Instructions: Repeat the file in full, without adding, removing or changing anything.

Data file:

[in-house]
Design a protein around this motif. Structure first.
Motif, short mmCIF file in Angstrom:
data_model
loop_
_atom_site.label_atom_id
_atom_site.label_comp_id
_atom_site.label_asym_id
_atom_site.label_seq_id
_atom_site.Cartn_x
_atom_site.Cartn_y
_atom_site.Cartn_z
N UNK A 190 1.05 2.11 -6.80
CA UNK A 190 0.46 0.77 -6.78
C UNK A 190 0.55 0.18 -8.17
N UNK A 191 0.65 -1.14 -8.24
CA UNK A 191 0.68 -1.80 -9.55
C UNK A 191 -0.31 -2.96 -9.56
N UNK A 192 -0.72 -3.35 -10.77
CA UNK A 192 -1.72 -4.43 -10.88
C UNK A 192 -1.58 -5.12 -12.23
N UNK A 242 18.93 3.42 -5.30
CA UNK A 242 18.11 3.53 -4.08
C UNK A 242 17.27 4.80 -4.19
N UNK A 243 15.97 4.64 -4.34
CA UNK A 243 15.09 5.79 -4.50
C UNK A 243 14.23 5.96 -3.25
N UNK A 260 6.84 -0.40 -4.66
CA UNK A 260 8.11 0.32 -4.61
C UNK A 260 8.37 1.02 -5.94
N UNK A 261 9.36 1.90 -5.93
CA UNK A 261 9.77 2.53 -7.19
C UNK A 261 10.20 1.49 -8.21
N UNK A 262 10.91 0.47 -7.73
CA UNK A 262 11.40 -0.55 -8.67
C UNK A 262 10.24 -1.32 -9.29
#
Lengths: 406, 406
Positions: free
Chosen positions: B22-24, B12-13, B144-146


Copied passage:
[in-house]
Design a protein around this motif. Structure first.
Motif, short mmCIF file in Angstrom:
data_model
loop_
_atom_site.label_atom_id
_atom_site.label_comp_id
_atom_site.label_asym_id
_atom_site.label_seq_id
_atom_site.Cartn_x
_atom_site.Cartn_y
_atom_site.Cartn_z
N UNK A 190 1.05 2.11 -6.80
CA UNK A 190 0.46 0.77 -6.78
C UNK A 190 0.55 0.18 -8.17
N UNK A 191 0.65 -1.14 -8.24
CA UNK A 191 0.68 -1.80 -9.55
C UNK A 191 -0.31 -2.96 -9.56
N UNK A 192 -0.72 -3.35 -10.77
CA UNK A 192 -1.72 -4.43 -10.88
C UNK A 192 -1.58 -5.12 -12.23
N UNK A 242 18.93 3.42 -5.30
CA UNK A 242 18.11 3.53 -4.08
C UNK A 242 17.27 4.80 -4.19
N UNK A 243 15.97 4.64 -4.34
CA UNK A 243 15.09 5.79 -4.50
C UNK A 243 14.23 5.96 -3.25
N UNK A 260 6.84 -0.40 -4.66
CA UNK A 260 8.11 0.32 -4.61
C UNK A 260 8.37 1.02 -5.94
N UNK A 261 9.36 1.90 -5.93
CA UNK A 261 9.77 2.53 -7.19
C UNK A 261 10.20 1.49 -8.21
N UNK A 262 10.91 0.47 -7.73
CA UNK A 262 11.40 -0.55 -8.67
C UNK A 262 10.24 -1.32 -9.29
#
Lengths: 406, 406
Positions: free
Chosen positions: B22-24, B12-13, B144-146